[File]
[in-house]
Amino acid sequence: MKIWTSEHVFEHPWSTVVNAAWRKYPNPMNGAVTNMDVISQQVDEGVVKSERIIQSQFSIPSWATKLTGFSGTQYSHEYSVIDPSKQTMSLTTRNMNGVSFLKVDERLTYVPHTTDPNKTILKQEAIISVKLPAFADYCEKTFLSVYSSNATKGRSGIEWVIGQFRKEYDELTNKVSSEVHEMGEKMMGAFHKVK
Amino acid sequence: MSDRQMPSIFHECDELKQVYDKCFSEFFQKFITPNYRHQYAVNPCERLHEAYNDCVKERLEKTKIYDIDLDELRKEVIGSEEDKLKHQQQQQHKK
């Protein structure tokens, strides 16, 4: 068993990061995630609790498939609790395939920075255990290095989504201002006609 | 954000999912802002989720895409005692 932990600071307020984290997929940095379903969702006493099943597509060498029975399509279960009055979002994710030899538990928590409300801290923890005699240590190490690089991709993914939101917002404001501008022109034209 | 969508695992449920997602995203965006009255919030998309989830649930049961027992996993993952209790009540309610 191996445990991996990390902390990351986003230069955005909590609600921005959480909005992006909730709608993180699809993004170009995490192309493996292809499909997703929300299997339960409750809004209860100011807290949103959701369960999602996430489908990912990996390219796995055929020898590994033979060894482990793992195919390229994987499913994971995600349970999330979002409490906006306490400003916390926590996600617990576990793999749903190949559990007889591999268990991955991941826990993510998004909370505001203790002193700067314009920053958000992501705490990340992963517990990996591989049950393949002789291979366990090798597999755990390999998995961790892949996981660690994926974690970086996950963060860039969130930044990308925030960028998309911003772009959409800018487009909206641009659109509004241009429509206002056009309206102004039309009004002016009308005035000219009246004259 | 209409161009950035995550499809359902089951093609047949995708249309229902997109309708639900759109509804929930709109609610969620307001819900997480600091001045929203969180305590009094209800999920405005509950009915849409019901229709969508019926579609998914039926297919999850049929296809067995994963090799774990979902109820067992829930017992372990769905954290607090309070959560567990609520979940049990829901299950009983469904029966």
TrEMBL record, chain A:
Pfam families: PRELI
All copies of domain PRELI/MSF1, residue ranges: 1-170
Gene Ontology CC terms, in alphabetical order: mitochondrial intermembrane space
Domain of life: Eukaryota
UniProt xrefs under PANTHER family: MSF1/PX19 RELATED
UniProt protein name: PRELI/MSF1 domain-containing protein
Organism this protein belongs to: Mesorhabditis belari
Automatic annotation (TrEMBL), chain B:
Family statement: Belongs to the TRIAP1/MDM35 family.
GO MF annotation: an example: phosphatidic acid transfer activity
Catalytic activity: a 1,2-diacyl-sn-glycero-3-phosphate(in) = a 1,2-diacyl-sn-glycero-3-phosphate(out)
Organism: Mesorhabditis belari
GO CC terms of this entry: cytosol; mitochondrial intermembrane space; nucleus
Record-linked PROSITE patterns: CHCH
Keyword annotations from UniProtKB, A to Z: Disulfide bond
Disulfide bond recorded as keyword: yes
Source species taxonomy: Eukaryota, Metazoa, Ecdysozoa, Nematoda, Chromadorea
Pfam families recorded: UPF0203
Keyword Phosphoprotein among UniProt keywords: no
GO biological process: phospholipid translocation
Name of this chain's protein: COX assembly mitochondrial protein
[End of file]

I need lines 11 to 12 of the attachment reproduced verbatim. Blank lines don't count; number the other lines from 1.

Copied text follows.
UniProt protein name: PRELI/MSF1 domain-containing protein
Organism this protein belongs to: Mesorhabditis belari